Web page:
Term 1 (Friday mornings)
Research Methods and Statistics
Lecturer: Dr Debi Vickers
This module will introduce research methodologies for designing and conducting experiments and to develop understanding of selecting, conducting and interpreting statistical tests. The knowledge acquired will help students with the preparation of the statistics assignment and research project. Key topics will include
- Introduction to Project Management
- Data Collection and Handling
- Evidence Based Practice and Systematic Reviews
- Questionnaire design and validation
- Ethics and Data protection
- Selecting the statistical test and power analysis
- Presentation Skills
- Writing a research paper
- Probability, Normal Distribution, t-tests, ANOVA, Chi-square
- Correlation and Regression
- Using SPSS
Term 2 (Monday afternoons)
Counselling for Hearing Healthcare Professionals
Lecturer: Ms Lucy Hanscomb
This module aims to enable practitioners at all levels to improve the quality of their day-to-day interaction with patients and their carers through the use of counselling skills.
The module will introduce the three core conditions of person - centered counselling: genuineness, empathy and unconditional positive regard.
Participants will gain an understanding of key counselling skills such as active listening, reflection and effective use of questioning and challenging. The inclusion of counselling skills in audiological practice will be discussed, along with issues such as maintaining boundaries and accessing supervision.
This course can be taken as part of the British Academy of Audiology Higher Training Scheme in Therapeutic Rehabilitation.
|Advances in Auditory Implants||
3 day Course
||3 Nov 2015|
|Rehabilitation for Adults with Acquired Hearing Loss||3 day course||
2 Dec 2015
|Counselling for Hearing Healthcare Professionals||
10 week course (Monday afternoons)
11 Jan 2016
5 week course (Fridays)
||15 Jan 2016|
Tinnitus & Hyperacusis
||3 day course||
19 Jan 2016
Auditory Processing Disorders
3 day course
9 Feb 2016
5 week course (Fridays)
||19 Feb 2016|
Advanced Amplification and Aural Rehabilitation
||4 day course||
9 Mar 2016
3 day course
20 Apr 2016
Scholarships relevant to this department are displayed below. For a comprehensive list of the funding opportunities available at UCL, including funding relevant to your nationality, please visit the Scholarships and Funding website.
Applicants need to have at least two years' recent post-qualification clinical experience in audiology or a related discipline. A minimum of a second-class Bachelor's degree in a relevant discipline from a UK university or an overseas qualification of an equivalent standard is the standard entry requirement.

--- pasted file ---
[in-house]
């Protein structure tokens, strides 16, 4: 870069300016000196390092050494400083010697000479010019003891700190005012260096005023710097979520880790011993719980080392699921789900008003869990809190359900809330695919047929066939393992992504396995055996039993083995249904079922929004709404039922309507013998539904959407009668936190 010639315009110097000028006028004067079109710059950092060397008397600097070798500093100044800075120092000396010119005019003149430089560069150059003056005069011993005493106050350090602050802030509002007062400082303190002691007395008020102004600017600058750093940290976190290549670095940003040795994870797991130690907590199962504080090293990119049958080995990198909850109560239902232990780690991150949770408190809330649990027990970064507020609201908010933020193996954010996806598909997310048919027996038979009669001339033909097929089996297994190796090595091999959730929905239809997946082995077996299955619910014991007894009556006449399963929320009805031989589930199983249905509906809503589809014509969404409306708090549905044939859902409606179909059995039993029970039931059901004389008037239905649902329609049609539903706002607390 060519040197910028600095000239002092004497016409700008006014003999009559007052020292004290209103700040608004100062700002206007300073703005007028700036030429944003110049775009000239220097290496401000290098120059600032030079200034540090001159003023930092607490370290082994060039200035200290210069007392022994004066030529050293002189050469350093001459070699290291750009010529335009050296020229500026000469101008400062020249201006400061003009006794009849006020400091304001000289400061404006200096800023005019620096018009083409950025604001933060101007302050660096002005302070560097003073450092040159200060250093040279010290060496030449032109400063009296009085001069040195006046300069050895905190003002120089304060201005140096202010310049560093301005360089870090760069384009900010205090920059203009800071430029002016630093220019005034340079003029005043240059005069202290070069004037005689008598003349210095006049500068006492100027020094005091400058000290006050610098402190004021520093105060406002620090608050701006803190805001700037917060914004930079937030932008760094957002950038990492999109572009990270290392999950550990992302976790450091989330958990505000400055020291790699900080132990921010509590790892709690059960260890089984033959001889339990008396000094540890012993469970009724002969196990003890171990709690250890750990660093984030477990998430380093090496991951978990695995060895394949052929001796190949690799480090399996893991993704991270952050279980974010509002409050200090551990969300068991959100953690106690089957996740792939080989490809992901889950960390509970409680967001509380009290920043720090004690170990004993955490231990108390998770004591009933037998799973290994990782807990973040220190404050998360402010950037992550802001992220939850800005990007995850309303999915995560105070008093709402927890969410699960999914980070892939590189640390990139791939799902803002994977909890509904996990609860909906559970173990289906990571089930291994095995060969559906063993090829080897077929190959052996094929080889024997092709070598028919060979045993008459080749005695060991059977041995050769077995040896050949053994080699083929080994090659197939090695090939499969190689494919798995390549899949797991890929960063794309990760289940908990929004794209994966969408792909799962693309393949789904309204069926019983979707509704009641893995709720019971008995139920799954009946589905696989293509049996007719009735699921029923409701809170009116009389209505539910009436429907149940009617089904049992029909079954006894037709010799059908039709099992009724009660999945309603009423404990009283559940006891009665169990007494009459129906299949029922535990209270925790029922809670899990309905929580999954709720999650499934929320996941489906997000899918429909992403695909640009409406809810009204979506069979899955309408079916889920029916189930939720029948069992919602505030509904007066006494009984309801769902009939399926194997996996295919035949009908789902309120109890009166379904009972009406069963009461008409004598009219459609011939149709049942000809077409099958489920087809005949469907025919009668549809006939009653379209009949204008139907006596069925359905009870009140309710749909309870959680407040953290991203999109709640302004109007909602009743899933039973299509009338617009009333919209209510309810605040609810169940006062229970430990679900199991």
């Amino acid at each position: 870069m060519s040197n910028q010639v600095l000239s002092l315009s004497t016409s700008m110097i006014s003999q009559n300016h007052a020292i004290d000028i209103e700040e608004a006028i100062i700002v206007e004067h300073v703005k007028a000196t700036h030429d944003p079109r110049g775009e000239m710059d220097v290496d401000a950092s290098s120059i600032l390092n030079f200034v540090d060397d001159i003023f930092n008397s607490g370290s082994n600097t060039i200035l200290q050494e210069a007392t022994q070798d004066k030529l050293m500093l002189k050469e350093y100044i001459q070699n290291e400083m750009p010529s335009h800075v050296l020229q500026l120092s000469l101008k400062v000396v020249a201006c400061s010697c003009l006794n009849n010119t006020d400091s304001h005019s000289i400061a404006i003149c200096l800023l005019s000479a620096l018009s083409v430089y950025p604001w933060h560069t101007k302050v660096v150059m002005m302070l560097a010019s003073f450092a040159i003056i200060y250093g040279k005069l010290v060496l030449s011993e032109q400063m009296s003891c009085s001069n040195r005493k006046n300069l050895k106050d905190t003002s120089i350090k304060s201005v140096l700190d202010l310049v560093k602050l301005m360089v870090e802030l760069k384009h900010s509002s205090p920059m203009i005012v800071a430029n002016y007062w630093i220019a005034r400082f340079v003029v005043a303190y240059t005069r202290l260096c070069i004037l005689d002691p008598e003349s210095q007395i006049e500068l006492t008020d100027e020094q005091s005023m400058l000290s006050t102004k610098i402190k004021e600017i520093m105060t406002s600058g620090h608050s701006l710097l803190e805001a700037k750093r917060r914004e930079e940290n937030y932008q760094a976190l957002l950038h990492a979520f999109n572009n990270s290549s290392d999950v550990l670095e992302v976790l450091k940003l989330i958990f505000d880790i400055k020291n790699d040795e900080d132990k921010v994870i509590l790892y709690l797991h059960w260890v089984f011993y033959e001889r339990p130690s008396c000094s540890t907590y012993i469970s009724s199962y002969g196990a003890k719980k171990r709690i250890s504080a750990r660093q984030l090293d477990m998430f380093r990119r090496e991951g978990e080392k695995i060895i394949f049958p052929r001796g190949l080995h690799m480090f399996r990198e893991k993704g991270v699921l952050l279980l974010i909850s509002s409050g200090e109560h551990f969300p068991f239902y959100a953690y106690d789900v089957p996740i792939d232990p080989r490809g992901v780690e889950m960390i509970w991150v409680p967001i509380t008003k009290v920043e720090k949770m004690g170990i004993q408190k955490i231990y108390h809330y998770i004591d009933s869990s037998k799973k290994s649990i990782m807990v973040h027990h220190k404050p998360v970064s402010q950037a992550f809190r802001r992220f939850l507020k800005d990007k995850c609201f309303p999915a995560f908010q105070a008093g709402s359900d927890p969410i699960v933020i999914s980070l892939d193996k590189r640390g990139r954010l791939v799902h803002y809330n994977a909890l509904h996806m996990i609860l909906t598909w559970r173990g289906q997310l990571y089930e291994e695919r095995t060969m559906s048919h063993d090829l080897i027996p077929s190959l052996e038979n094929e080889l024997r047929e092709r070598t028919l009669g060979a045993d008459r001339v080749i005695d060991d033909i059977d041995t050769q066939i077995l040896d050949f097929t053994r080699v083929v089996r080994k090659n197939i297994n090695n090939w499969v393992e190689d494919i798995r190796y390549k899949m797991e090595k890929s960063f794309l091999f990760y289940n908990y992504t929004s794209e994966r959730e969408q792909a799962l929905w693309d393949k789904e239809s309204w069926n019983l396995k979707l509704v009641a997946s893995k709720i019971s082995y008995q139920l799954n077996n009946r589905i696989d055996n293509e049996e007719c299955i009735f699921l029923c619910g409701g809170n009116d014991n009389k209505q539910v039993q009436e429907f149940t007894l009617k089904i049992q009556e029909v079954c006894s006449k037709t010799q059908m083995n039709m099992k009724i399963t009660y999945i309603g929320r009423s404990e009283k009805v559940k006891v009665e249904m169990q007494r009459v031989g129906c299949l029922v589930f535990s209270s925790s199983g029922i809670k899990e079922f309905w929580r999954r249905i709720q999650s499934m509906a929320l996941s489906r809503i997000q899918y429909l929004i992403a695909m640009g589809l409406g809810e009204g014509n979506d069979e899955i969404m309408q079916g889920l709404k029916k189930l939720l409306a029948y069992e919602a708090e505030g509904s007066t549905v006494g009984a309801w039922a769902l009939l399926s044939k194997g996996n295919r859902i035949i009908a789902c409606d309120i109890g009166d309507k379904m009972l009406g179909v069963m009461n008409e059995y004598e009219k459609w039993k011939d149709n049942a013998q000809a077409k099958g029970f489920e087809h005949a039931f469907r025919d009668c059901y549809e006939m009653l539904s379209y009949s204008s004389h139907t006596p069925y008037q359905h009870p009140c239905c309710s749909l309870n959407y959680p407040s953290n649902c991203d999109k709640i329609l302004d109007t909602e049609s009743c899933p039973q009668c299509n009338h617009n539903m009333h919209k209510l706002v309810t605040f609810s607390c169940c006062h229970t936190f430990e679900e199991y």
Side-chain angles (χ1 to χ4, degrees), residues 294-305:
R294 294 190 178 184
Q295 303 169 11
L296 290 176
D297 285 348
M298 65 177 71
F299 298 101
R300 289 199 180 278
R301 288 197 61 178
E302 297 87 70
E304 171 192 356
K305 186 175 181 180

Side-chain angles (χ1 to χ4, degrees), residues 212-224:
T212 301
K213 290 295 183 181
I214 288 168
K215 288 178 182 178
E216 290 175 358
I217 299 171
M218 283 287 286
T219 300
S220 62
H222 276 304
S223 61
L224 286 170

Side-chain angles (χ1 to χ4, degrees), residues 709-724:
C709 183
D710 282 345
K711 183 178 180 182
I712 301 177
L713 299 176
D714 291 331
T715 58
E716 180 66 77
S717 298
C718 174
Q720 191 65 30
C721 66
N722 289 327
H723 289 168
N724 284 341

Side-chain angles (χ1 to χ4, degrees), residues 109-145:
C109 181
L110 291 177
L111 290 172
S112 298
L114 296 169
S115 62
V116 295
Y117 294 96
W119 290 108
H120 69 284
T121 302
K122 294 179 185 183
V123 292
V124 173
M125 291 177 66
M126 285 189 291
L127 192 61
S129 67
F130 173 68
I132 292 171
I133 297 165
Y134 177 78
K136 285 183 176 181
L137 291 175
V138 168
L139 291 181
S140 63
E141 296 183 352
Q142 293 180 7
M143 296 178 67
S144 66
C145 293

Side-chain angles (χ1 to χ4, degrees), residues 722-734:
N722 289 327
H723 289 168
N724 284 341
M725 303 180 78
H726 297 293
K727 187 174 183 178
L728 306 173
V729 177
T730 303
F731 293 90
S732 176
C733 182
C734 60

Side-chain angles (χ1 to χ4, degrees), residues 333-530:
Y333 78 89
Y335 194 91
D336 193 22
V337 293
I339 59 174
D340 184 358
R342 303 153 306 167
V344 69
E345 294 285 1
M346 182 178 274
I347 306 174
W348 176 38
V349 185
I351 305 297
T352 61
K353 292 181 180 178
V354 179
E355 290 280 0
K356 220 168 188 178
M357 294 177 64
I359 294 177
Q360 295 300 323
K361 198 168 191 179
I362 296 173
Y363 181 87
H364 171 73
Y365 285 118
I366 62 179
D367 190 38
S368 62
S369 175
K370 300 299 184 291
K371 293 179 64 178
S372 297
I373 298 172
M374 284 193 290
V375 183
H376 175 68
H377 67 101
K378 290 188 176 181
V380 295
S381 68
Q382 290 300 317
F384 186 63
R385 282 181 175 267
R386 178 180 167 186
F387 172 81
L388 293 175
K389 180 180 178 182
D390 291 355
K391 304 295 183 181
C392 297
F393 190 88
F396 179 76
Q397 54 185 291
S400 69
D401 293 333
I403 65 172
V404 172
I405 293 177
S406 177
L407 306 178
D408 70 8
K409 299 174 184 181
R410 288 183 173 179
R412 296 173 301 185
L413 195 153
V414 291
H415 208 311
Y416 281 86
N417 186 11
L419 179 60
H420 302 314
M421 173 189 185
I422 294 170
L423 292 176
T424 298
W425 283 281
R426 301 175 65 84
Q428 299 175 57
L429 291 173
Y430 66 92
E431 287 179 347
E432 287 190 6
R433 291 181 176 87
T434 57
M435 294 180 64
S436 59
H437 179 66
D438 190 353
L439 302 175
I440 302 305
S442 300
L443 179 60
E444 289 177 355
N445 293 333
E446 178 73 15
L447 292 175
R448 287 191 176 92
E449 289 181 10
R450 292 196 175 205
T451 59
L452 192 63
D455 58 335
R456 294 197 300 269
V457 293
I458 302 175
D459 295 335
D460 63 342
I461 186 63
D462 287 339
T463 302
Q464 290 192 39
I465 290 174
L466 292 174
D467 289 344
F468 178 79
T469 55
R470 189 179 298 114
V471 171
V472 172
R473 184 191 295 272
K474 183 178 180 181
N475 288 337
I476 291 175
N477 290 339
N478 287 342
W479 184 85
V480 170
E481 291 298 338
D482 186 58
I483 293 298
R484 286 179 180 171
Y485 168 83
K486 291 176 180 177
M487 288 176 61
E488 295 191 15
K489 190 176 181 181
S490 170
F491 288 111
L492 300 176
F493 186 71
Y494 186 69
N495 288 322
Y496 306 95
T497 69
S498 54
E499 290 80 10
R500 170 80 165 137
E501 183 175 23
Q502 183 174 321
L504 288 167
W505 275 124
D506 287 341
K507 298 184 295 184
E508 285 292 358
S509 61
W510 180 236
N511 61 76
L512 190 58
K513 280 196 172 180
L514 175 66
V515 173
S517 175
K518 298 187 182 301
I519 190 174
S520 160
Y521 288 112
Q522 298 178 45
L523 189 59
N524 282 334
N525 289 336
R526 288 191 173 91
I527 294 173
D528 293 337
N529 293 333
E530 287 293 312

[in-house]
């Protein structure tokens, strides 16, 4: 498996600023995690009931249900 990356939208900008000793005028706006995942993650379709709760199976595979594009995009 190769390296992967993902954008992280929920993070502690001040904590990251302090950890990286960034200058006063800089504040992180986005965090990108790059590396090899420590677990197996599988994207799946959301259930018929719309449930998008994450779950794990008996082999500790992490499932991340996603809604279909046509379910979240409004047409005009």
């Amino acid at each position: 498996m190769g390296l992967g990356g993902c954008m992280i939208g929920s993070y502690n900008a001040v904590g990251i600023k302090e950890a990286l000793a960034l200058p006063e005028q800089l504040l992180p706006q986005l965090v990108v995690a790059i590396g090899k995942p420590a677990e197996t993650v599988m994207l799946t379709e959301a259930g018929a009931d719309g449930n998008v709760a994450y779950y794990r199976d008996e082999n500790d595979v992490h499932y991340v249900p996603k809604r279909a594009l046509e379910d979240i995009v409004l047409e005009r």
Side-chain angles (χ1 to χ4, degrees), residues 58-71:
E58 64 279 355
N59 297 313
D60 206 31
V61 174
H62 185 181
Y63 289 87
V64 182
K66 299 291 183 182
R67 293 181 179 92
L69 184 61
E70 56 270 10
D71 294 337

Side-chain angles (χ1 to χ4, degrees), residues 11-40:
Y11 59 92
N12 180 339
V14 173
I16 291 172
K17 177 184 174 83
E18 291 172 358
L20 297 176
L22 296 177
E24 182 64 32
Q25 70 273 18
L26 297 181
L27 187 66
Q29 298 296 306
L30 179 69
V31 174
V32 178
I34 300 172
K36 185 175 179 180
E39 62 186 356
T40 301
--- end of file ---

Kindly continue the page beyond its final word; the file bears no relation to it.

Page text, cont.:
The Ear Institute recognises that some audiology professionals may have had different (non-degree) entries into the profession. Applicants with the BAAT qualification and/or a Certificate or Diploma in Hearing Therapy who also have at least five years of relevant clinical experience and appropriate registration with the RCCP may be accepted, depending on their relevant experience, and are encouraged to contact the Ear Institute to discuss their application.
English Language Requirements
If your education has not been conducted in the English language, you will be expected to demonstrate evidence of an adequate level of English proficiency.
The English language level for this programme is: Advanced
Further information can be found on our English language requirements page.
Country-specific information, including details of when UCL representatives are visiting your part of the world, can be obtained from the International Students website.
International applicants can find out the equivalent qualification for their country by selecting from the list below.
Select your country:
How to apply
Students are advised to apply as early as possible due to competition for places. Those applying for scholarship funding (particularly overseas applicants) should take note of application deadlines.
Who can apply?
The Advanced Audiology MSc has been designed for practising clinicians who are interested in taking their professional practice to a more advanced level. This exciting new programme is ideally suited to practising audiologists, but professionals from related disciplines may also be considered.
- All applicants
- 31 July 2015
What are we looking for?When we assess your application we would like to learn:
- why you want to study Advanced Audiology at graduate level
- why you want to study Advanced Audiology at UCL
- what particularly attracts you to this programme
- how your academic and professional background meets the demands of this challenging programme
- where you would like to go professionally with your degree
The interview enables you to further demonstrate appropriate clinical experience and allows flexible applicants to discuss their strategy for completing the programme.
The programme provides Audiologists with the required depth and breadth of up-to-date knowledge and competence to enable them to fulfil the needs of the higher practitioner roles.